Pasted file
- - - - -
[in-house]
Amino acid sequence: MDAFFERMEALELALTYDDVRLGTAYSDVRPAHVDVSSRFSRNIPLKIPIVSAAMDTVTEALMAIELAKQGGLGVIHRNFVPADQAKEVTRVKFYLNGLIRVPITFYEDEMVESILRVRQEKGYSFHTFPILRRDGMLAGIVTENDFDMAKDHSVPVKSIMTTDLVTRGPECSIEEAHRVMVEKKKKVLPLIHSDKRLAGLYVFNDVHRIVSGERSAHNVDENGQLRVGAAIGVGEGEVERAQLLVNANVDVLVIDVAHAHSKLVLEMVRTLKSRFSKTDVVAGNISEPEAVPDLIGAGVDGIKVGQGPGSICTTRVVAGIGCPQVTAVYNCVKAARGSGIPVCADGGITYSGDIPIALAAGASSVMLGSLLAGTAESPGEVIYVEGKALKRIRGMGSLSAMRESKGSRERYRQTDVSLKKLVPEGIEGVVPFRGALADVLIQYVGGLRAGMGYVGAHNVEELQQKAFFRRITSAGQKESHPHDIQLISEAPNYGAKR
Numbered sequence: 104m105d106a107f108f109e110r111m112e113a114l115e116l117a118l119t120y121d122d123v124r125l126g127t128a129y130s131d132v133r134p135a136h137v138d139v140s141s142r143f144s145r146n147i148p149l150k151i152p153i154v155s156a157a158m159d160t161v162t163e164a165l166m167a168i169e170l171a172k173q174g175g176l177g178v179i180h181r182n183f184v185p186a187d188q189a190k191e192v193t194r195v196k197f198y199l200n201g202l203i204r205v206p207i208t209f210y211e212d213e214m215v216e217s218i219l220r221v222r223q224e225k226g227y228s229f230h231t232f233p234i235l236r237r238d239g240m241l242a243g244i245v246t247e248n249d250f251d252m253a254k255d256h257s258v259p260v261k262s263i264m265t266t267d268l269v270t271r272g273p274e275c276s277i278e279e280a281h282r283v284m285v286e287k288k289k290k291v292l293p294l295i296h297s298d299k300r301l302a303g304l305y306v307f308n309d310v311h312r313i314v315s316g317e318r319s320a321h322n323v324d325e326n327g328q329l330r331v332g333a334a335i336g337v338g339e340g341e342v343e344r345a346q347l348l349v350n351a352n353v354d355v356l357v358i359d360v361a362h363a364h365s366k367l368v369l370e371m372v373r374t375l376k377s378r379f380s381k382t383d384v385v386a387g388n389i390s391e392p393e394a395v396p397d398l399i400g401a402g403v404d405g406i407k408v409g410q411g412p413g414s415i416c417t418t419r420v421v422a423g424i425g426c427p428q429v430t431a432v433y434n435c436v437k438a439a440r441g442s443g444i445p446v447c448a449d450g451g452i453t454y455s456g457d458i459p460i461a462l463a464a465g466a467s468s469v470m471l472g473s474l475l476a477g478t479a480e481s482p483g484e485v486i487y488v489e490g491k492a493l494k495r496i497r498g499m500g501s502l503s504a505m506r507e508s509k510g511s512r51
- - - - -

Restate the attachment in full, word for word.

[in-house]
Amino acid sequence: MDAFFERMEALELALTYDDVRLGTAYSDVRPAHVDVSSRFSRNIPLKIPIVSAAMDTVTEALMAIELAKQGGLGVIHRNFVPADQAKEVTRVKFYLNGLIRVPITFYEDEMVESILRVRQEKGYSFHTFPILRRDGMLAGIVTENDFDMAKDHSVPVKSIMTTDLVTRGPECSIEEAHRVMVEKKKKVLPLIHSDKRLAGLYVFNDVHRIVSGERSAHNVDENGQLRVGAAIGVGEGEVERAQLLVNANVDVLVIDVAHAHSKLVLEMVRTLKSRFSKTDVVAGNISEPEAVPDLIGAGVDGIKVGQGPGSICTTRVVAGIGCPQVTAVYNCVKAARGSGIPVCADGGITYSGDIPIALAAGASSVMLGSLLAGTAESPGEVIYVEGKALKRIRGMGSLSAMRESKGSRERYRQTDVSLKKLVPEGIEGVVPFRGALADVLIQYVGGLRAGMGYVGAHNVEELQQKAFFRRITSAGQKESHPHDIQLISEAPNYGAKR
Numbered sequence: 104m105d106a107f108f109e110r111m112e113a114l115e116l117a118l119t120y121d122d123v124r125l126g127t128a129y130s131d132v133r134p135a136h137v138d139v140s141s142r143f144s145r146n147i148p149l150k151i152p153i154v155s156a157a158m159d160t161v162t163e164a165l166m167a168i169e170l171a172k173q174g175g176l177g178v179i180h181r182n183f184v185p186a187d188q189a190k191e192v193t194r195v196k197f198y199l200n201g202l203i204r205v206p207i208t209f210y211e212d213e214m215v216e217s218i219l220r221v222r223q224e225k226g227y228s229f230h231t232f233p234i235l236r237r238d239g240m241l242a243g244i245v246t247e248n249d250f251d252m253a254k255d256h257s258v259p260v261k262s263i264m265t266t267d268l269v270t271r272g273p274e275c276s277i278e279e280a281h282r283v284m285v286e287k288k289k290k291v292l293p294l295i296h297s298d299k300r301l302a303g304l305y306v307f308n309d310v311h312r313i314v315s316g317e318r319s320a321h322n323v324d325e326n327g328q329l330r331v332g333a334a335i336g337v338g339e340g341e342v343e344r345a346q347l348l349v350n351a352n353v354d355v356l357v358i359d360v361a362h363a364h365s366k367l368v369l370e371m372v373r374t375l376k377s378r379f380s381k382t383d384v385v386a387g388n389i390s391e392p393e394a395v396p397d398l399i400g401a402g403v404d405g406i407k408v409g410q411g412p413g414s415i416c417t418t419r420v421v422a423g424i425g426c427p428q429v430t431a432v433y434n435c436v437k438a439a440r441g442s443g444i445p446v447c448a449d450g451g452i453t454y455s456g457d458i459p460i461a462l463a464a465g466a467s468s469v470m471l472g473s474l475l476a477g478t479a480e481s482p483g484e485v486i487y488v489e490g491k492a493l494k495r496i497r498g499m500g501s502l503s504a505m506r507e508s509k510g511s512r51